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It’s hard to believe that it’s already week 9 of the Citizen’s Police Academy.  We’ve learned so much, yet there is so much we don’t know.  We really only have two more weeks of classroom learning before the session is over.  But on the bright side, we have learned so much about our police department.  You really do gain a great deal of knowledge about what they do, but more importantly, you learn WHY they do the things they do.  The method behind the madness so to speak.

TRAFFIC ENFORCEMENT

This week, Office Jeff Suttmiller spoke with us about traffic enforcement and crash investigation.  He showed us the actual radars they use to detect speeds.  He also showed us the newer laser models.  Interesting fact:  Many people are under the misconception that if caught speeding that the officer has to have you “locked” in at a certain speed and that you can demand to see the readings.  The truth is, an officer does not have to show you his radar and he only needs to observe your speed.  Locked in or not, if you speed, they can issue you a ticket for speeding.

Officer Jeff Sutmiller

With the newer laser models, they are able to focus in on very specific areas.  While a radar is helpful in detecting speed, it casts a very wide net.  A laser can focus in on just a certain area, so they can be certain that what they are aiming at is the speed they measure.  And don’t think that just simply because you have a fancy expensive radar detector that can also detect laser, that you will avoid tickets.  The fact of the mater is, the laser is aimed at your bumper, not your windshield.  So, your laser detector may not even register it.  And even if it does, if your laser detector goes off, it’s probably already too late for you to change your speed.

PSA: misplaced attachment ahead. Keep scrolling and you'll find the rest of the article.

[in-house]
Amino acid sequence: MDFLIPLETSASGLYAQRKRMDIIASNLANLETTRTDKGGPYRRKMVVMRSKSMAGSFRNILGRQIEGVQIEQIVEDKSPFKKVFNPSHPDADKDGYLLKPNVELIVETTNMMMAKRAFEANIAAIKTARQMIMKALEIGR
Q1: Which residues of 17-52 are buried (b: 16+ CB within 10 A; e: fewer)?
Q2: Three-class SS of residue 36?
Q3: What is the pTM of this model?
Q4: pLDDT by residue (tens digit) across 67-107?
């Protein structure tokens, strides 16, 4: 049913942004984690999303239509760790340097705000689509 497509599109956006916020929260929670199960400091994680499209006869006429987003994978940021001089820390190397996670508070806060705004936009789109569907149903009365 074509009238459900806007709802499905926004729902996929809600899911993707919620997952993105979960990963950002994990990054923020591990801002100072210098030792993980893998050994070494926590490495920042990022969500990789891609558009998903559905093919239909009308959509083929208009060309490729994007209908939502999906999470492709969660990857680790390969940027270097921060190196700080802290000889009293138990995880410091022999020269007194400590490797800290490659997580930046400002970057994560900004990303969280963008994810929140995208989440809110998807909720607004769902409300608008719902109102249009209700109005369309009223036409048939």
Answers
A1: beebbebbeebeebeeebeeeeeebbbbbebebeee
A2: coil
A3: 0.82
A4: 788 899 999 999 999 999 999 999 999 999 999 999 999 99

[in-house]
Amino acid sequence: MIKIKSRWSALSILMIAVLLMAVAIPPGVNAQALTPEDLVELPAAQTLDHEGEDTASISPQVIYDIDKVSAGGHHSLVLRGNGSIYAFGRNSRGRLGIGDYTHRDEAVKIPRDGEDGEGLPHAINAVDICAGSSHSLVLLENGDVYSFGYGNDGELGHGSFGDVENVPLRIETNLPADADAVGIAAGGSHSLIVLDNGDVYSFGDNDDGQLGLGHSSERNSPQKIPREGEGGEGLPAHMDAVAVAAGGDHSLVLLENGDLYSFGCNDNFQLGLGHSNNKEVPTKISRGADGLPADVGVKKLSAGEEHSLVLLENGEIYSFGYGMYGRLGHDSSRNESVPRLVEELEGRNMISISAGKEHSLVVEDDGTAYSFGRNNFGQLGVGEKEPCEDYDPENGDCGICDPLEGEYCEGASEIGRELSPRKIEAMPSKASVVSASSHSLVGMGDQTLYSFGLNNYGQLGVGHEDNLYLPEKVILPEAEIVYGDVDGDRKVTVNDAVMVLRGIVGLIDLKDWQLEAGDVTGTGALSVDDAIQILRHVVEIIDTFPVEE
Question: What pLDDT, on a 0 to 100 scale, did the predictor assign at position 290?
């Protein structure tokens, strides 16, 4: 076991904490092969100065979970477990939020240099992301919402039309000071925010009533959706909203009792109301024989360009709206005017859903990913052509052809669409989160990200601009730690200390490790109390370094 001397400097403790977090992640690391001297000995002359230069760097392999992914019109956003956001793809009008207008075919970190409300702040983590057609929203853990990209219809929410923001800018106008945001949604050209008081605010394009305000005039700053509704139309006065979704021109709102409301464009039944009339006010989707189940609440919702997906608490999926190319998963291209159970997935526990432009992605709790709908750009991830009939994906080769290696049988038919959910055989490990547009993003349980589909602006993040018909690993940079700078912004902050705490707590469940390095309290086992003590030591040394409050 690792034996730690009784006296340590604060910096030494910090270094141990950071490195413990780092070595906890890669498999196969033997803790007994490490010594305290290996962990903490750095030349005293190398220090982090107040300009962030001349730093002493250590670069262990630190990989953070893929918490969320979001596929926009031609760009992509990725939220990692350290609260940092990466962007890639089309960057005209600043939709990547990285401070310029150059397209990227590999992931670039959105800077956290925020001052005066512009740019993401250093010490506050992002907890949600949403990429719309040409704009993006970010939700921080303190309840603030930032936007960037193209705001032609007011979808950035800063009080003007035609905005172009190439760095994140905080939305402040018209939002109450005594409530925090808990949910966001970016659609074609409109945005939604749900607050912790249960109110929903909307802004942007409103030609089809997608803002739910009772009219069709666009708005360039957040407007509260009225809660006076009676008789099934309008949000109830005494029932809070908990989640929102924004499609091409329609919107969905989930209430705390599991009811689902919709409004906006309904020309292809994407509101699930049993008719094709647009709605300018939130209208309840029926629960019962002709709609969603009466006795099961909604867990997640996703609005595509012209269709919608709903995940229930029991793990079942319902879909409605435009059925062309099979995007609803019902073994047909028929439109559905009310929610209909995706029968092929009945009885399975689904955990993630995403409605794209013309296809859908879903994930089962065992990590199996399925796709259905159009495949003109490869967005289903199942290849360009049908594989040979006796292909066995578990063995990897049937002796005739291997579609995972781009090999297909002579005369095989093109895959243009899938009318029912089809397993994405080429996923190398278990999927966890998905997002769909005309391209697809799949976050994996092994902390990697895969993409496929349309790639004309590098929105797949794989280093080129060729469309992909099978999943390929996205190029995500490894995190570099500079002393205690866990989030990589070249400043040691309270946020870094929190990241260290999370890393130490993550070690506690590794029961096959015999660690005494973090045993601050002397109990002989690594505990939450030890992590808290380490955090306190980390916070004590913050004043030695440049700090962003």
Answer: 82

Another interesting fact:  Did you know that any ticket that is issued for you going 11mph or above will go on your driving record?

A great question was brought up by someone in our class.  There is currently an issue at Garfield Elementary and Prairie View Elementary.  They don’t seem to have school zones.  Crosswalk?  They don’t exist either.  How about sidewalks for kids to walk on as they go home?  No, the Prairie View kids are forced to walk near traffic or in ditches that are sometimes water logged or muddy.  I’ll bet those kids can’t wait for snow drifts of 5ft in those ditches this winter.

Speaking to the school zones, whose responsibility is it to set up a school zone?  Enid Public Schools, according to the EPD, has said it’s a City issue.  The City says it’s up to the EPS.  Everyone keeps passing the buck.  Another area that is in need of at least some sort of signage is bus stops.  There is a bus stop out near Johnstons Grain on 30th (I believe the stop is on the East/West street running near the elevator) that has no signage warning anyone to slow down or that there is a bus stop there.  Trucks go through there at pretty hefty speeds.  Now, this is not an EPS district area.  It’s a Pioneer deal.  But is still in the limits of the City of Enid.  If I can get up on a soap box here, would it be so damned hard for the school districts and the City of Enid to get together and take care of these things?  Split the damn costs.  It’s all taxpayer money, and quite frankly, I don’t want a kid dying because someone forgot to think about putting a school zone in when they built a new multi-million dollar school.  Seriously.  City of Enid, Enid Public Schools, and Pioneer.  I’m calling you out.  FIX THIS.

It’s also worth pointing out that there are some school zones that have changed recently.  The Middle Schools and some of the elementary schools no longer have a school zone during the mid-day time period.  Some do and some don’t.  So, how do you know which do and which don’t?  Look at the sign.  What does it say?  Is the light flashing?  We’re adults, this is easy.  We can figure it out…..I think.